Darwin's avatar

Your doctor probably told you to drink more water because a) that is a common problem with many people, and b) it is the most common exercise-induced cause of low blood pressure. However, there are other causes and specific tests that can be run, including :

” * CBC (complete blood count). CBC may reveal anemia from blood loss or elevated white blood cells due to infection.

* Blood electrolyte measurements may show dehydration and mineral depletion, renal failure (kidney failure), or acidosis (excess acid in the blood).

* Cortisol levels can be measured to diagnose adrenal insufficiency and Addison’s disease.

* Blood and urine cultures can be performed to diagnose septicemia and bladder infections, respectively.

* Radiology studies, such as chest x-rays, abdominal ultrasounds, and computerized tomography (CT or CAT) scans may detect pneumonia, heart failure, gallstones, pancreatitis, and diverticulitis.

* Electrocardiograms (EKG) can detect abnormally slow or rapid heart beats, pericarditis, and heart muscle damage from either previous heart attacks or a reduced supply of blood to the heart muscle that has not yet caused a heart attack.

* Holter monitor recordings are used to diagnose intermittent episodes of abnormal heart rhythms. If abnormal rhythms occur intermittently, a standard EKG performed at the time of a visit to the doctor’s office may not show the abnormal rhythm. A Holter monitor is a continuous recording of the heart’s rhythm for 24 hours that often is used to diagnose intermittent episodes of bradycardia or tachycardia.

* Patient-activated event recorder. If the episodes of bradycardia or tachycardia are infrequent, a 24-hour Holter recording may not capture these sporadic episodes. In this situation, a patient can wear a patient-activated event recorder for up to four weeks. The patient presses a button to start the recording when he or she senses the onset of an abnormal heart rhythm or symptoms possibly caused by low blood pressure. The doctor then analyzes the recordings at a later date to identify the abnormal episodes.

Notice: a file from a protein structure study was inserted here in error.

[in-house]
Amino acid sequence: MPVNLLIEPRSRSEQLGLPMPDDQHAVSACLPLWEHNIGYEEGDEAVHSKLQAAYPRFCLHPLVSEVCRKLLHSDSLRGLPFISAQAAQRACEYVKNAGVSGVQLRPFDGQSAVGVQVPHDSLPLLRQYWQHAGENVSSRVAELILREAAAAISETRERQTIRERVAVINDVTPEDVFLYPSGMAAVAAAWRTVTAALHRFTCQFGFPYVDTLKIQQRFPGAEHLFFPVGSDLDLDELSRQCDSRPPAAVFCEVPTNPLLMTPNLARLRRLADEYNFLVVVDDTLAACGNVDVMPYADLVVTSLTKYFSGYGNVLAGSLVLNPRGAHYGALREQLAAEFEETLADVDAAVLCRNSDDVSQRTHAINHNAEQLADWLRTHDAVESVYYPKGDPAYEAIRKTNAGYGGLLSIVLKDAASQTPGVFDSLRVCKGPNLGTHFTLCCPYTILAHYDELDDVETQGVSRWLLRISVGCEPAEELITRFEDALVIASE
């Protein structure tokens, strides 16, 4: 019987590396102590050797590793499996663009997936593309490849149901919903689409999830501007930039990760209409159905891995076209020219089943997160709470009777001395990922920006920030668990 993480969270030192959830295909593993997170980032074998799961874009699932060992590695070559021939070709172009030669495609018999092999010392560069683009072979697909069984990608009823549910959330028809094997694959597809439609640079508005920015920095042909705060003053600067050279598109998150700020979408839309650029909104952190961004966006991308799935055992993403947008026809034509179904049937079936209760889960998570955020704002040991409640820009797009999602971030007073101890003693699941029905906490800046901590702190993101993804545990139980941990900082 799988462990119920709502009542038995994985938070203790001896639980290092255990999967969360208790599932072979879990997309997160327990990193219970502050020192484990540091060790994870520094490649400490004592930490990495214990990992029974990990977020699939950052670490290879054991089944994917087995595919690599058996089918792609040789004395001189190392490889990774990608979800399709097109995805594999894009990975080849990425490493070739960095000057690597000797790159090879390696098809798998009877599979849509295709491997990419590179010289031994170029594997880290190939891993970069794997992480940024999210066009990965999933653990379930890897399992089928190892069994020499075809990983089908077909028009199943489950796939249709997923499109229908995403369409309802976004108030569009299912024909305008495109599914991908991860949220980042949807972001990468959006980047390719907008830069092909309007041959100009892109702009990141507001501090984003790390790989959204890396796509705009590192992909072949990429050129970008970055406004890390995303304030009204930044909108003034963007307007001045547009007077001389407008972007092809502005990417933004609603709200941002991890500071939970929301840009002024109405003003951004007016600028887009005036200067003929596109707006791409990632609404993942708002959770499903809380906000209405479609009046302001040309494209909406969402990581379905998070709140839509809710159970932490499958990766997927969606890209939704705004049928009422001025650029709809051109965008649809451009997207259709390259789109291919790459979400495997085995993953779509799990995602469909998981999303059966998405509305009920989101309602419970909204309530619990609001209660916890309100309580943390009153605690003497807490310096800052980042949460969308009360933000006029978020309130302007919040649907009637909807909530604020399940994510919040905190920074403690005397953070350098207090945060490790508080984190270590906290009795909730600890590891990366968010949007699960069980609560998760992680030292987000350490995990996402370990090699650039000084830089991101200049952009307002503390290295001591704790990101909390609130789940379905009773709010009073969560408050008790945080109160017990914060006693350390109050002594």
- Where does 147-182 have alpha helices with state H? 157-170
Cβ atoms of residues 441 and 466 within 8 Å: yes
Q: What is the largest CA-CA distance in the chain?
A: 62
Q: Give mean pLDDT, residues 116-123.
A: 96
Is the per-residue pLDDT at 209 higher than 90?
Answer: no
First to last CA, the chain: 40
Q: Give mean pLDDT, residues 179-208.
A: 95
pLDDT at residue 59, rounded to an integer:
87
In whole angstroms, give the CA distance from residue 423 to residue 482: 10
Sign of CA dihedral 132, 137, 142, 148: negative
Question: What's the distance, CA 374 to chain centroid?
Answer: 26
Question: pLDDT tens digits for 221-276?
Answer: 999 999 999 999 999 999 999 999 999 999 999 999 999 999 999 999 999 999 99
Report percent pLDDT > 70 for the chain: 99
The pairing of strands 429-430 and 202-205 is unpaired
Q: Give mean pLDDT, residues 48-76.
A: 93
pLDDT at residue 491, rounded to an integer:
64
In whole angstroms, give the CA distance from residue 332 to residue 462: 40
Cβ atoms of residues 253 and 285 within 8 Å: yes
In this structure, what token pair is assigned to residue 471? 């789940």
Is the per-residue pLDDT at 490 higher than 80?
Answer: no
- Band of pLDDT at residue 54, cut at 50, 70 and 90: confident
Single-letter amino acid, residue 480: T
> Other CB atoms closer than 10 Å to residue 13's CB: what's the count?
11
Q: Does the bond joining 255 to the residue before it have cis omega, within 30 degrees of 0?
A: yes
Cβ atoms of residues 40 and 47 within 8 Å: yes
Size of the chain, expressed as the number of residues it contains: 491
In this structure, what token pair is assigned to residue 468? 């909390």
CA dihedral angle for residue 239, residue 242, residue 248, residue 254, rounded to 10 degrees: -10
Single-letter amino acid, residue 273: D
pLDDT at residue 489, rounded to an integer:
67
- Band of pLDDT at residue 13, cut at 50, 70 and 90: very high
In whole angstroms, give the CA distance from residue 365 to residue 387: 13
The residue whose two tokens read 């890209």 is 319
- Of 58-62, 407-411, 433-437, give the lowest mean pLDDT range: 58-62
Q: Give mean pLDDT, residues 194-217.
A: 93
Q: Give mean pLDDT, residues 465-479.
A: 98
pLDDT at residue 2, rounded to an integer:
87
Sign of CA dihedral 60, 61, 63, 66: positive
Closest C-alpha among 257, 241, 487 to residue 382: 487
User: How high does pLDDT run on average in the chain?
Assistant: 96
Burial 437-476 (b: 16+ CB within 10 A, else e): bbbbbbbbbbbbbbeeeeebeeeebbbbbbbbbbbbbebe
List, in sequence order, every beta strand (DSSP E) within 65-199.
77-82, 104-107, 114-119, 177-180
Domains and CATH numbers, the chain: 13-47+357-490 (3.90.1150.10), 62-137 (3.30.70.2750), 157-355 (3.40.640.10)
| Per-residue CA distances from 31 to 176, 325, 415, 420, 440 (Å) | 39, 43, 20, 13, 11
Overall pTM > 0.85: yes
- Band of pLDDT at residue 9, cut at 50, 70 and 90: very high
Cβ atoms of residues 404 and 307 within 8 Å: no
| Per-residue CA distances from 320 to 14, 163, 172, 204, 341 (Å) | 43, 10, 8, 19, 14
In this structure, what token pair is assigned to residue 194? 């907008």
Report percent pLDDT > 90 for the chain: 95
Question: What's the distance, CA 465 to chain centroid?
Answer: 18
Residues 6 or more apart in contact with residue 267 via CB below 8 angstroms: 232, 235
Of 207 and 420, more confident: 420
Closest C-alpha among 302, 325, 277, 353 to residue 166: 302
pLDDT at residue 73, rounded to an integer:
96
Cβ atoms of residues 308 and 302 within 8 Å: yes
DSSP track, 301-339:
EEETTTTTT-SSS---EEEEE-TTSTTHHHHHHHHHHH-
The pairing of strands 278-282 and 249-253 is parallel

* Echocardiograms are examinations of the structures and motion of the heart using ultrasound. Echocardiograms can detect pericardial fluid due to pericarditis, the extent of heart muscle damage from heart attacks, diseases of the heart valves, and rare tumors of the heart.

* Ultrasound examinations of the leg veins and CT scans of the chest can detect deep vein thrombosis and pulmonary embolism.

* Tilt-Table tests are used to evaluate patients suspected of having postural hypotension or syncope due to abnormal autonomic nerves. During a tilt-table test, the patient lies on an examining table with an intravenous infusion administered while the heart rate and blood pressure are monitored. The table then is tilted upright for 15 minutes to 45 minutes. Heart rate and blood pressure are monitored every few minutes. The purpose of the test is to try to reproduce postural hypotension. Sometimes a doctor may administer epinephrine (Adrenalin, Isuprel) intravenously to induce postural hypotension.”

In your case, does your doctor know your mother has been diagnosed with LBP? What is the cause of your mother’s LBP? Have you tried documenting how much water you are drinking and sharing that with your doctor? These factors could change how your doctor approaches treating you.